Check Point is advising all customers not using the latest version of its VPN software to upgrade immediately following the discovery of a security hole that could allow remote system access.
The vulnerability is a boundary error in the ISAKMP protocol when building access tunnels. Specially crafted packets can cause a buffer overflow and hence execution of code.
ISAKMP (Internet Security Association & Key Management Protocol) is an add-on security protocol (currently being considered by the IETF) which makes external network connections safer by requiring a pair of messages to be exchanged before a link is established.
Check Point is keen to point out that customers that do not use remote access or gateway VPNs will not be affected, nor will those that have upgraded to the latest versions (VPN-1/FireWall-1 R55 HFA-03, R54 HFA-410 and NG FP3 HFA-325, or VPN-1 SecuRemote/SecureClient R56). It also claims to know of no organisations that are affected.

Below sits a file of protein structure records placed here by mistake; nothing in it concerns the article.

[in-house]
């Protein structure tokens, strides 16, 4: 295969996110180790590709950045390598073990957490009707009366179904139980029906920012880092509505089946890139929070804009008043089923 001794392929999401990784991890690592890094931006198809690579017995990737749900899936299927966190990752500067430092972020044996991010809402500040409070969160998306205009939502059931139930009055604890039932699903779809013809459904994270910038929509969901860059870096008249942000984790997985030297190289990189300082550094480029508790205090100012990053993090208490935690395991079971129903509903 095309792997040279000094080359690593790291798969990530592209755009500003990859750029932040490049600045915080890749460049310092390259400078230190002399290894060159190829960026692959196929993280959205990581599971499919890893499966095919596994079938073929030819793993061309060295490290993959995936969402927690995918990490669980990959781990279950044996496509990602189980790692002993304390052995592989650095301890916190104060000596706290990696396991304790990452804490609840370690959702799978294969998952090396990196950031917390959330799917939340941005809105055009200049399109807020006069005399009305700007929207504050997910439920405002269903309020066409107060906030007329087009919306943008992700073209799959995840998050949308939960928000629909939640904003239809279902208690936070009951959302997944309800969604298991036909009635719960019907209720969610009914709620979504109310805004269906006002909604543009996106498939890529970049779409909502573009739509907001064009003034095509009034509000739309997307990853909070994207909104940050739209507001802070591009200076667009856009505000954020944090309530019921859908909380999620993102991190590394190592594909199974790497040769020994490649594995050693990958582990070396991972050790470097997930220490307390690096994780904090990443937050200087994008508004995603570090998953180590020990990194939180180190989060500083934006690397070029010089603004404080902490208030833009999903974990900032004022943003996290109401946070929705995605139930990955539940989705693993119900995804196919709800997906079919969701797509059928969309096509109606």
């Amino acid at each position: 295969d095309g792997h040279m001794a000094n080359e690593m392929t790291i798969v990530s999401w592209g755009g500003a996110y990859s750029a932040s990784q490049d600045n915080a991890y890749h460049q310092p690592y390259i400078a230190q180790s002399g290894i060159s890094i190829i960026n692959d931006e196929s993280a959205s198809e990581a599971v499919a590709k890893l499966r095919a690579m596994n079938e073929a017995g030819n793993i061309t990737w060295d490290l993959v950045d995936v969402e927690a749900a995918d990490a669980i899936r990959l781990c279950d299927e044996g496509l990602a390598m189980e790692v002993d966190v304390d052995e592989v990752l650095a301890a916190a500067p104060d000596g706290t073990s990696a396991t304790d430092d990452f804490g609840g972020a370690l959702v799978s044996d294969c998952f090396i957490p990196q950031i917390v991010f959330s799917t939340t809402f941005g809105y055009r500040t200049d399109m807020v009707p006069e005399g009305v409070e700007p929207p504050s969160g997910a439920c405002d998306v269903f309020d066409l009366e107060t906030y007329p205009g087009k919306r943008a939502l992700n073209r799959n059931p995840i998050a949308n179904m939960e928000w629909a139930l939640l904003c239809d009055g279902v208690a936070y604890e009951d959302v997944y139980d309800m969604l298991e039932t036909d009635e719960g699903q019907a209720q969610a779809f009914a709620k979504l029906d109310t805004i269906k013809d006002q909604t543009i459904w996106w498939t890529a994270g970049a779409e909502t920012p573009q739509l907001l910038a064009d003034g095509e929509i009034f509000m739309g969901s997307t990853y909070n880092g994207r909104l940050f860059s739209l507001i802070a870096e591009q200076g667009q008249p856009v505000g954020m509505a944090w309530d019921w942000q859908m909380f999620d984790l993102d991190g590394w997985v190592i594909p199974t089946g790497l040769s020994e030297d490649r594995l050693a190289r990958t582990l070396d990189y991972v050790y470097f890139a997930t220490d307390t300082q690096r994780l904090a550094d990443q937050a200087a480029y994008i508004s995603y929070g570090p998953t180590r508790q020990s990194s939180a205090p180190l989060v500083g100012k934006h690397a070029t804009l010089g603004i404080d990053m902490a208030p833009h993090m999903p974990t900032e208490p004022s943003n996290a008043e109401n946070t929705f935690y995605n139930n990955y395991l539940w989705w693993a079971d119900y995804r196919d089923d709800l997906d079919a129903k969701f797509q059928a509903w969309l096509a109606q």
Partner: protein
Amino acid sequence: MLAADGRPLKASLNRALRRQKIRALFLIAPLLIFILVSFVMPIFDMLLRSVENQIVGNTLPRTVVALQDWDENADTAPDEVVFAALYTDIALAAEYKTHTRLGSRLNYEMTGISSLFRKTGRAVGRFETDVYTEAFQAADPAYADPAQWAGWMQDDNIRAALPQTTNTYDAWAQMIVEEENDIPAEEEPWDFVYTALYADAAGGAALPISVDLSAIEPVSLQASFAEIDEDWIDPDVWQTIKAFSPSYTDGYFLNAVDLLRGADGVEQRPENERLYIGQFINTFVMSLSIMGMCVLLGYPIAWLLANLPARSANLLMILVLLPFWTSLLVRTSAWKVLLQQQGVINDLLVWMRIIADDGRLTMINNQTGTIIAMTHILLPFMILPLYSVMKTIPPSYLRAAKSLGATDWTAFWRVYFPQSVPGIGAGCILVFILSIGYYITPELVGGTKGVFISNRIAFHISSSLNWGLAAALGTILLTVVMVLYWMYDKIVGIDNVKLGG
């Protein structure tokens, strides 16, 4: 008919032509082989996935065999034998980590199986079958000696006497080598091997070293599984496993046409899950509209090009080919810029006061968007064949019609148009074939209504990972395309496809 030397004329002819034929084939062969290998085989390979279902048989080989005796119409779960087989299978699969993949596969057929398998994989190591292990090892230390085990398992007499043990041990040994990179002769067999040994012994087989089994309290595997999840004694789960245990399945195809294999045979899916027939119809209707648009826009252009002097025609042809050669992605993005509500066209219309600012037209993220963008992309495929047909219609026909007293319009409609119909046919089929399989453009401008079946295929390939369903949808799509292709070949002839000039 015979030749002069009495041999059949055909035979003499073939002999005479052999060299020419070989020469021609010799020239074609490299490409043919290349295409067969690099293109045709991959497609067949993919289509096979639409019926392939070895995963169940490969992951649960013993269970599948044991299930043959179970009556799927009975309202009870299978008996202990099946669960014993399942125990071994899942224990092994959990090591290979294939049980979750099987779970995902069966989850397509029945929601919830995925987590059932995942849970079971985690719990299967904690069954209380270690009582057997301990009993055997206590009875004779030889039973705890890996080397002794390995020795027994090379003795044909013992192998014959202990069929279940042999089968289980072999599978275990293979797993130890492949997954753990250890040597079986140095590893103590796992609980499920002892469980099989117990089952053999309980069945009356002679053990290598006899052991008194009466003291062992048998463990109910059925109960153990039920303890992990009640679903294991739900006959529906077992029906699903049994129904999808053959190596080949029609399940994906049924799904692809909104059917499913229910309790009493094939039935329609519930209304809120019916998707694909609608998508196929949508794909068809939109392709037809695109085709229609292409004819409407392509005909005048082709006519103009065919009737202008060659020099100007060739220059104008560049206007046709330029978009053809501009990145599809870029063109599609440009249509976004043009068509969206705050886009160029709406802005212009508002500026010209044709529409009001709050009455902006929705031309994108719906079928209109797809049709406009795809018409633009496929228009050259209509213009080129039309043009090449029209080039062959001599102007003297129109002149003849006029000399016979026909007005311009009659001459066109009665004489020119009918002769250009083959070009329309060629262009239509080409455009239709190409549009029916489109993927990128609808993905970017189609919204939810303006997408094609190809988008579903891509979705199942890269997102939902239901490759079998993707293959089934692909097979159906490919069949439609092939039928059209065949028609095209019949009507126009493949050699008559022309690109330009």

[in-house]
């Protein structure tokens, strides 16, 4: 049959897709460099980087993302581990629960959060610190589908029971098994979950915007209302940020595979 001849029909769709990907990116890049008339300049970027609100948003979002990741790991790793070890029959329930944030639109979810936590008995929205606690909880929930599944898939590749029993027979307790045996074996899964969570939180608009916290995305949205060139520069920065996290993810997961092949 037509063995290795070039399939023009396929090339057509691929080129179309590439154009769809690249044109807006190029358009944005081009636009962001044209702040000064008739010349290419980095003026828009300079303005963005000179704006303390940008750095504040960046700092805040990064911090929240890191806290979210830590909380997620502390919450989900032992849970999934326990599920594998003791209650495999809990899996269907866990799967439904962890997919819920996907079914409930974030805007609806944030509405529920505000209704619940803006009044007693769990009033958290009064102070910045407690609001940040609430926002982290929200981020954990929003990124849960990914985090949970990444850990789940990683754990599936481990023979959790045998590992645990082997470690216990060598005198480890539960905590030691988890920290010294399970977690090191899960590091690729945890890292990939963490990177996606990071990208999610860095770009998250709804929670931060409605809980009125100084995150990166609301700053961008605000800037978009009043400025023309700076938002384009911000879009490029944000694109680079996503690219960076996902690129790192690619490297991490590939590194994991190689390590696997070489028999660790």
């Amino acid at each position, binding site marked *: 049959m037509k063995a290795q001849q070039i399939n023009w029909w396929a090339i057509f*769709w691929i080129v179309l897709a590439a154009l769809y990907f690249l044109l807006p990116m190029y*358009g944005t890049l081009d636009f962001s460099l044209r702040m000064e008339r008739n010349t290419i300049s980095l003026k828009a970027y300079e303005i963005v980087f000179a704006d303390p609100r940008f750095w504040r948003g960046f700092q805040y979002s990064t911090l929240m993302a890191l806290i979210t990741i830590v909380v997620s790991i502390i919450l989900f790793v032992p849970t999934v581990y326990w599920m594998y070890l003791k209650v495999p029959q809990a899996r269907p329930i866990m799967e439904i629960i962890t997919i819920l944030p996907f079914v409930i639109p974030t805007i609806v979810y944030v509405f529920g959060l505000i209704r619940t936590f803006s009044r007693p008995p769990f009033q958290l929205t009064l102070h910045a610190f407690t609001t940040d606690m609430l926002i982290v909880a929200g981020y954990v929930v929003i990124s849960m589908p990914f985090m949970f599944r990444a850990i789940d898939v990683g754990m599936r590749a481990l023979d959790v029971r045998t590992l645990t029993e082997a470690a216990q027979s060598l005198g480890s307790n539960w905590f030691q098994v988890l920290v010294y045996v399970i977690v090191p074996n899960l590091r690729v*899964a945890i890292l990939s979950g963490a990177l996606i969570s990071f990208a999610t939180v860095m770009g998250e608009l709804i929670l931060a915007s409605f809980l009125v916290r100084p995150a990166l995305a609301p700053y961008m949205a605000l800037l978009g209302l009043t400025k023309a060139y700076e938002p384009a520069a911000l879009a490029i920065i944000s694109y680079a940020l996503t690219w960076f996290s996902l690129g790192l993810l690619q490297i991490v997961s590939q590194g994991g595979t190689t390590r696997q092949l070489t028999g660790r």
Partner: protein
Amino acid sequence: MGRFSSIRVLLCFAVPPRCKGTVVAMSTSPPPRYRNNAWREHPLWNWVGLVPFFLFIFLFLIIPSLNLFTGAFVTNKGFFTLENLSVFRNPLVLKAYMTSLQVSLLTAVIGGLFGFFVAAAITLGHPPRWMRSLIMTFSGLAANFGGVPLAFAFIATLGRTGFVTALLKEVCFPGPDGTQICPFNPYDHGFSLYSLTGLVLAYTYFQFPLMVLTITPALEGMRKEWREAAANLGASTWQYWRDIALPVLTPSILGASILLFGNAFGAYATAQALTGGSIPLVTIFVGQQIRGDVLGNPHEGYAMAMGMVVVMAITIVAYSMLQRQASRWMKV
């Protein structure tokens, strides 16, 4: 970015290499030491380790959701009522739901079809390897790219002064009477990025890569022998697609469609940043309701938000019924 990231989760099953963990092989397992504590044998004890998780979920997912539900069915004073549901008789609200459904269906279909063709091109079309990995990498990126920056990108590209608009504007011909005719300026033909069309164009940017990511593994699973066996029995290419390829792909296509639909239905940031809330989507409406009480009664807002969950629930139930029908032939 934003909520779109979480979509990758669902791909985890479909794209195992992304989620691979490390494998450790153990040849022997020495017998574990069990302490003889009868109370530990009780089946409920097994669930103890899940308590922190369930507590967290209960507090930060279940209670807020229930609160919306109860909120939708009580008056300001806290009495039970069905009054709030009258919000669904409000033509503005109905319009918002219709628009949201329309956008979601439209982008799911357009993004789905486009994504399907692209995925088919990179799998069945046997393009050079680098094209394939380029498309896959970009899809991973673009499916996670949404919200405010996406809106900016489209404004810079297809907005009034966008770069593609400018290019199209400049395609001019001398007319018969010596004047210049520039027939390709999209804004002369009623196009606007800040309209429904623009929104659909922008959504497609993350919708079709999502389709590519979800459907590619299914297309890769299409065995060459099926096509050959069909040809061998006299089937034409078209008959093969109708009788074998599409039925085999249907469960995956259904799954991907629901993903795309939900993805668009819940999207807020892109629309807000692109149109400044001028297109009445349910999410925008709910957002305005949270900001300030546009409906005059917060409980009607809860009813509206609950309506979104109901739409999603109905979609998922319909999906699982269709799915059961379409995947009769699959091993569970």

However, it is a fair assumption that there will be many customers that haven't upgraded whose VPNs may be virtual but very possibly not private. Updates and more info can be found on Check Point's site here.
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